A major benefit of thinking in terms of the Balanced Business Scorecard is to understand that any process in any division – internal, outsourced or both – should find its place in this framework. If not, the organization is just creating new, separate processes that will have to be integrated later.

We have implemented BPM programs and software systems for clients over many years. Our outsourced services span areas including mail, print/copy/fax, records, accounts payable services, electronic discovery and traditional office services. Document process management is an area that benefits heavily from BPM. All enterprises have a document processing challenge, and for most it’s a growing one. In addition to standard operating documents, every business is potentially subject to document-intensive legal action, and most are under increasing pressure to respond more quickly and precisely to one regulator or the other. These may include the SEC, Commerce Department, EPA, FDA, Labor Department, Health and Human Services or the Energy Department.

BPM in action

Let’s look at how BPM approaches and tools can work effectively in the real world via a couple of brief case history examples. One of the world’s largest insurance organizations is a leader in property casualty, mortgage and life insurance as well as retirement services. The firm outsourced its mail and records management activities to us and through our ongoing partnership the company was able to leverage our powerful Web-based performance management system to achieve significant benefits. These include reducing costs and better managing operational performance in real time.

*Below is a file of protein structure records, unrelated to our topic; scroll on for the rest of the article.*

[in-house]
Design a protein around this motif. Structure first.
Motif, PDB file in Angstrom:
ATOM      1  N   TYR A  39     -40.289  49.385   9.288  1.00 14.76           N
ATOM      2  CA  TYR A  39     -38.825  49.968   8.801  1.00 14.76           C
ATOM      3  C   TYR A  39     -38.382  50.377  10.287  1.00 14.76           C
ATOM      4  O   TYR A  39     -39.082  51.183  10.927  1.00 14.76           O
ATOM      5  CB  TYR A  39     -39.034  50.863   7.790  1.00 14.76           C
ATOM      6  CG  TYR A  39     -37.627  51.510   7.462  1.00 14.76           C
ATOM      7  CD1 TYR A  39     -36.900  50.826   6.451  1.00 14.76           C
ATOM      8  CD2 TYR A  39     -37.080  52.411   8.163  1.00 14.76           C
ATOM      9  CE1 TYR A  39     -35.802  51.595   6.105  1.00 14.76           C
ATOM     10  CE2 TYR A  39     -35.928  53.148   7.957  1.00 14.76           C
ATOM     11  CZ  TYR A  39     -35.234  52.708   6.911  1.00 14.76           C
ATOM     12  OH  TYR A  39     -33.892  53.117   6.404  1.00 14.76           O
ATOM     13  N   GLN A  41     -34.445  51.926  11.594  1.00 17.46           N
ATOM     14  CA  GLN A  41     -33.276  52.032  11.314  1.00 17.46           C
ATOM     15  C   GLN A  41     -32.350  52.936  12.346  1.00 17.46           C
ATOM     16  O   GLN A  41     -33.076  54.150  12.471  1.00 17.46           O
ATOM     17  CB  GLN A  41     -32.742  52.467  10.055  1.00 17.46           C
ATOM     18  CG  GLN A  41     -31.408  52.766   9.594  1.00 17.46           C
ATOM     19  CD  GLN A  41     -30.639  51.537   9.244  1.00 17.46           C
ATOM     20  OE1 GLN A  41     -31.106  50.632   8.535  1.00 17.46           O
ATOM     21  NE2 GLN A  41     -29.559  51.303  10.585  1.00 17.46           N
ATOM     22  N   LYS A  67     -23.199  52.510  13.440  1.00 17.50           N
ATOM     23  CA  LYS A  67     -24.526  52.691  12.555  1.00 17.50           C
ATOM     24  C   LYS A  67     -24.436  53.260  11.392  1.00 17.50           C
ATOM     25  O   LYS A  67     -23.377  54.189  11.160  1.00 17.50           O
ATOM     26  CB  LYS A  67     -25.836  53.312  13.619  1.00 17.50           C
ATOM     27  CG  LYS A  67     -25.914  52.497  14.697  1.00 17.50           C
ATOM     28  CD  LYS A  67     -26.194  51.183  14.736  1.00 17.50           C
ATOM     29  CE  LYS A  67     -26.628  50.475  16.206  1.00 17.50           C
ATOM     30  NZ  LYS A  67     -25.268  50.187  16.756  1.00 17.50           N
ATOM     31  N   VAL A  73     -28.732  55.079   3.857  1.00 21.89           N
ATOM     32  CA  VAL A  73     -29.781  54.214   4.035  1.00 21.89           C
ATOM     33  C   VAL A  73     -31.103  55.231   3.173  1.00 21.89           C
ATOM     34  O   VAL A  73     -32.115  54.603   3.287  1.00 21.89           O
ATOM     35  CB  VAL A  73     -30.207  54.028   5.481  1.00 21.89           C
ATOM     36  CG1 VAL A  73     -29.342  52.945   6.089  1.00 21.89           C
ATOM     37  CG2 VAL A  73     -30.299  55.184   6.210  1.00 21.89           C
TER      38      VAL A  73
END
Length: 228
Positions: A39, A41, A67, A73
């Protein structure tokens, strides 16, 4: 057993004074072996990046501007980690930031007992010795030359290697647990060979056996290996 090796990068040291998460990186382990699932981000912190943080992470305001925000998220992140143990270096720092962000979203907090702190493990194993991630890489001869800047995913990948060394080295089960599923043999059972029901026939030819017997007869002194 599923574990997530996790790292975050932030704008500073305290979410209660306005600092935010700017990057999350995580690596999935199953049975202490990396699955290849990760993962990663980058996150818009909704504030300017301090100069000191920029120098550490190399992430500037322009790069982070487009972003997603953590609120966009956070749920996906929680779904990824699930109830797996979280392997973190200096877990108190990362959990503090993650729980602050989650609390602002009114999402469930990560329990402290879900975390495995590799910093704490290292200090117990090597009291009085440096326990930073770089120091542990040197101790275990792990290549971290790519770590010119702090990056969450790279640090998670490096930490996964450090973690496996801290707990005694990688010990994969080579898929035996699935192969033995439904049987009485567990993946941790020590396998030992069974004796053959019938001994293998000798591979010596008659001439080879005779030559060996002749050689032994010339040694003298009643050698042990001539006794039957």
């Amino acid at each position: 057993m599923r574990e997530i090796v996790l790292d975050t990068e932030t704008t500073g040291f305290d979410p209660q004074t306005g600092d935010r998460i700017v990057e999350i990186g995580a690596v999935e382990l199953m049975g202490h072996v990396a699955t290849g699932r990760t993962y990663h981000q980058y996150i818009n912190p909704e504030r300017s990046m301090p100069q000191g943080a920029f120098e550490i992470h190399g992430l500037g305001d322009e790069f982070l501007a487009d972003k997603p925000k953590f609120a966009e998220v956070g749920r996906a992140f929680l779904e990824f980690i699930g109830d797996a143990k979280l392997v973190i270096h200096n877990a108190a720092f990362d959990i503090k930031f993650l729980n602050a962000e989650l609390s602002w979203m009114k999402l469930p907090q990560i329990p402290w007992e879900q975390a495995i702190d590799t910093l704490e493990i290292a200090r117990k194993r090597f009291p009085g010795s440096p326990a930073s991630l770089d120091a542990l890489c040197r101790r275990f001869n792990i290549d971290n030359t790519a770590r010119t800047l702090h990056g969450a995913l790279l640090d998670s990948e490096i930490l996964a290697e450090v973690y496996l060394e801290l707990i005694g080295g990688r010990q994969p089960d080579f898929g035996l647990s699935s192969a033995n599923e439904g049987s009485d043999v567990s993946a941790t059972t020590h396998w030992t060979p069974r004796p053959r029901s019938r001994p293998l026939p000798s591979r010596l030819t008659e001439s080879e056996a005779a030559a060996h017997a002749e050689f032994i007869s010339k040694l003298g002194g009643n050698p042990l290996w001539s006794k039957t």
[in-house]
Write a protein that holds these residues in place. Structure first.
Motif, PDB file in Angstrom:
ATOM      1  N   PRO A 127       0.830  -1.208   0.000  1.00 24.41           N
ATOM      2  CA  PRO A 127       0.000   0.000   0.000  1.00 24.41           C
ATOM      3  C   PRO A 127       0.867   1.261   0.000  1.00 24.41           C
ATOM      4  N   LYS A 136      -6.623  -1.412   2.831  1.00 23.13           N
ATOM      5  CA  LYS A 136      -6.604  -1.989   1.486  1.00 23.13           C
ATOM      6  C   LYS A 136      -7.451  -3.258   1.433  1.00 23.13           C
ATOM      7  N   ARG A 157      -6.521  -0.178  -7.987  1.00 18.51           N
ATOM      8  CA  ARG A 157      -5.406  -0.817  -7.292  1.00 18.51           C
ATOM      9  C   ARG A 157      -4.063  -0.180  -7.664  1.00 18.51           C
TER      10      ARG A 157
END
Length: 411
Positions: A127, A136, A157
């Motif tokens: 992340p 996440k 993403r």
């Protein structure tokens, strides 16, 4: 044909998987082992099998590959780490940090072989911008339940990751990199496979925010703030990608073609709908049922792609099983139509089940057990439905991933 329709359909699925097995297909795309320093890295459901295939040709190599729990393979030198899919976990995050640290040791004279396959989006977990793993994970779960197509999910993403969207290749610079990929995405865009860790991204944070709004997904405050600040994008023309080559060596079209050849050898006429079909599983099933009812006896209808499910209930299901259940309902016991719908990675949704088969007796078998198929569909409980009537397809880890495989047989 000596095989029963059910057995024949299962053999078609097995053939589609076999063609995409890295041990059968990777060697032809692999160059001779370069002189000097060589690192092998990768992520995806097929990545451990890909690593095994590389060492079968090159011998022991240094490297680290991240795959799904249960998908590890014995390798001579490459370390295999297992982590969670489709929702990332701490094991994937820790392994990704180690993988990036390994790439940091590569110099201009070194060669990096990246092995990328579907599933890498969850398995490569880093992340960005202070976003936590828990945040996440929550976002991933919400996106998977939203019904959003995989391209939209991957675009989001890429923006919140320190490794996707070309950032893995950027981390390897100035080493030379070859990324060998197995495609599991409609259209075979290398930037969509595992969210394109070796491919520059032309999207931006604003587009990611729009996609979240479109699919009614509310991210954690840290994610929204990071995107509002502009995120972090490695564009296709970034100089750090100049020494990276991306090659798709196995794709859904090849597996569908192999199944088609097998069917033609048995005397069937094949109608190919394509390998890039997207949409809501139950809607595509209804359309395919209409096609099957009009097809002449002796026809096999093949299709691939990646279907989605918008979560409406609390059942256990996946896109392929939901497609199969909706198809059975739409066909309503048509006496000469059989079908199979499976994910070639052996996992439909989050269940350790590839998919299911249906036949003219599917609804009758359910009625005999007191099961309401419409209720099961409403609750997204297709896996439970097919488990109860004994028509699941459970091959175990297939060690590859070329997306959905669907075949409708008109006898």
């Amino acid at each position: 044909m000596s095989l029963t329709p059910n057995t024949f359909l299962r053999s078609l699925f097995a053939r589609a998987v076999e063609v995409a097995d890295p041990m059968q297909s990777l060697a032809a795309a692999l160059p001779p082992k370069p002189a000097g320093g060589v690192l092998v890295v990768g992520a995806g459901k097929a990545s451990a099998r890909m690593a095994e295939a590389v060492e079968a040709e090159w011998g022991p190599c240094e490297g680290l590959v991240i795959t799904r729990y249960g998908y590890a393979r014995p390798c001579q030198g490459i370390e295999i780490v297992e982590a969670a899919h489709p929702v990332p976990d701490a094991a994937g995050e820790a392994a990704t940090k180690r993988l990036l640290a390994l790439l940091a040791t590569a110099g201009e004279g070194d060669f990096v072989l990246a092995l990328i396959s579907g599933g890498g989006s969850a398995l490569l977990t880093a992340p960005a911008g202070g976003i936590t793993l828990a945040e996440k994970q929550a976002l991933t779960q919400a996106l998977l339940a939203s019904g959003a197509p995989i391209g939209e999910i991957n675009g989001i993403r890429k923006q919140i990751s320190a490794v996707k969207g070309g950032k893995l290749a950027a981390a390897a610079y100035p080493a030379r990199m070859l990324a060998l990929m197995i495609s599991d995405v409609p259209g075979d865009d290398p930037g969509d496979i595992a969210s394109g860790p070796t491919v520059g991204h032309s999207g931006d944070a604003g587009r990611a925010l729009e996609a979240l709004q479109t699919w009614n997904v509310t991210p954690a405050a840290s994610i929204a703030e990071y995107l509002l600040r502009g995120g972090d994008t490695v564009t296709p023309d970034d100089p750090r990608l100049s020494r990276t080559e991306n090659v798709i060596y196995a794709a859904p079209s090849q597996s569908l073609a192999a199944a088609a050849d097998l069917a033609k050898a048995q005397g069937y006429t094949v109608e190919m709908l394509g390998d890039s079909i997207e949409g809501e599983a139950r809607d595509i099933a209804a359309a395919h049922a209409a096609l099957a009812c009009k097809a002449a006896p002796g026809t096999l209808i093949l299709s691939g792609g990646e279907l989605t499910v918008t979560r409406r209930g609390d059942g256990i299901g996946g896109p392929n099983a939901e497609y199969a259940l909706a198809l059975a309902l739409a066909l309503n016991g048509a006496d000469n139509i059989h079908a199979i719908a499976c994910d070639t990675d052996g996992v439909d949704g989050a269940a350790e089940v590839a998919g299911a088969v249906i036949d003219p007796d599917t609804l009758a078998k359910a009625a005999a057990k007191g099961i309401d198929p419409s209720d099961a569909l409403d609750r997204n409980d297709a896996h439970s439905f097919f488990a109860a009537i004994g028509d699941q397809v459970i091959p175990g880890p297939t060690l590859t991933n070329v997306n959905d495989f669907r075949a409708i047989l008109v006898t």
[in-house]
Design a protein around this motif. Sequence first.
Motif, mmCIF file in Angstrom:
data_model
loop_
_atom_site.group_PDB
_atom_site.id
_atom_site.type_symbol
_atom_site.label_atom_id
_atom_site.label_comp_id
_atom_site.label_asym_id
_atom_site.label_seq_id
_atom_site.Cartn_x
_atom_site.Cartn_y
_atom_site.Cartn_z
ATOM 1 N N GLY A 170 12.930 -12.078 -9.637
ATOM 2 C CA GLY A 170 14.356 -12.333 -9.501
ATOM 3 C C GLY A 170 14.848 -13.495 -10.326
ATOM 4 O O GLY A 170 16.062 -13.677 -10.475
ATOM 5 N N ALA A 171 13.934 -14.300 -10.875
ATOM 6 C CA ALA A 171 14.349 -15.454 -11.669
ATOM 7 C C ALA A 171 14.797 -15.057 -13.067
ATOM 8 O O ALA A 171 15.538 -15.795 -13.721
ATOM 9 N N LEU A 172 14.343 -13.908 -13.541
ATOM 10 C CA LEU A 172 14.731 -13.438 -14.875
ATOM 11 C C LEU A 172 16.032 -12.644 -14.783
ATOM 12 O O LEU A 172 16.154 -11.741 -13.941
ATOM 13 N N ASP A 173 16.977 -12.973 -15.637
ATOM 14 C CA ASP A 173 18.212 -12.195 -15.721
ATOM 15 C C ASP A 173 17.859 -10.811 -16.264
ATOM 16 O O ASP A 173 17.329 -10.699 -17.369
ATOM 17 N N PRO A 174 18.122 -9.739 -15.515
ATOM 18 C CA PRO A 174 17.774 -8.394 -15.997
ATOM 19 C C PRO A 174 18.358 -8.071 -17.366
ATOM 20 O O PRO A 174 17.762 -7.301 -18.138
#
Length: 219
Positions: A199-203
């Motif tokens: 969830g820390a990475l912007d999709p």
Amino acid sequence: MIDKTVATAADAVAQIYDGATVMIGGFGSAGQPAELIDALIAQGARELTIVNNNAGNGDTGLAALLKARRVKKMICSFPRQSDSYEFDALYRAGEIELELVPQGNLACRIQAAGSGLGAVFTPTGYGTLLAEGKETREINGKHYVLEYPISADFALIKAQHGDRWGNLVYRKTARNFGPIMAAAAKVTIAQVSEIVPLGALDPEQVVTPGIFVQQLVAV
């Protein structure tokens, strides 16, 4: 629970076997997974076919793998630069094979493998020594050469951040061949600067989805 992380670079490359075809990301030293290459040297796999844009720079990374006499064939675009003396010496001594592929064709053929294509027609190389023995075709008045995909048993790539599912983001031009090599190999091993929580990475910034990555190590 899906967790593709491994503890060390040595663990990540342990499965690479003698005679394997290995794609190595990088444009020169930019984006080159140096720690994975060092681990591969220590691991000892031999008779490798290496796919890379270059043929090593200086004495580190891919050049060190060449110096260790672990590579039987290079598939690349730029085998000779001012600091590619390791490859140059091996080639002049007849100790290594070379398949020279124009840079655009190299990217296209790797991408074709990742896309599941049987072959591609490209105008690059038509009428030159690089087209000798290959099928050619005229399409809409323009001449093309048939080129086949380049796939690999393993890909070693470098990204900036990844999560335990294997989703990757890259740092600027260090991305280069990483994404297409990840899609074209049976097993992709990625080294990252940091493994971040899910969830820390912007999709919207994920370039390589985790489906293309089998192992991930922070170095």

The firm originally implemented our system to measure mail and records management activities in order to ensure that we were meeting agreed-upon service level agreements. Working closely with our team during a two-year period, the company was able to make better business decisions. This included the ability to decrease the cycle time between reduction in activity volume and the corresponding reductions in labor. This drove improved operational efficiency and cost savings of more than $1.2 million.

Another case in point is a healthcare provider that leveraged our Six Sigma and BPM expertise to continually improve production mailing workflow processes and print center operations. Our team mapped existing processes and identified areas where potential problems might occur. Based on the project’s findings, we provided recommendations that the healthcare provider adopted. These include implementing technology management processes and a reporting system, all designed to prevent mailing errors and equipment malfunctions and create end-to-end accountability.

In the third case example, a large international law firm with a FORTUNE 1000 portfolio outsourced records management to Canon. Our BPM system was used to establish KPIs for timeliness, accuracy and file volumes. Recognizing the opportunity for improvement, our client manager requested an onsite Kaizen event. (A Kaizen event is a project designed to improve a specific process in a short time period while establishing an approach to deliver incremental improvements over the long term.) The attorneys consequently received correct, complete files faster and more reliably without further need to maintain duplicates—all with a full time staff much smaller than the industry average. The result was justification of the firm’s administrative staff head count.

Whether the goal is to survive, thrive, increase market share or drive shareholder value, an organization can achieve significant benefits by confronting its business challenges by leveraging the latest BPM approaches. And though any outsourcing service provider can take on a project, a service provider with a comprehensive BPM approach can provide a sound foundation to help ensure that those outsourcing decisions pay off.

This article originally appeared in the May 2015 issue of Workflow.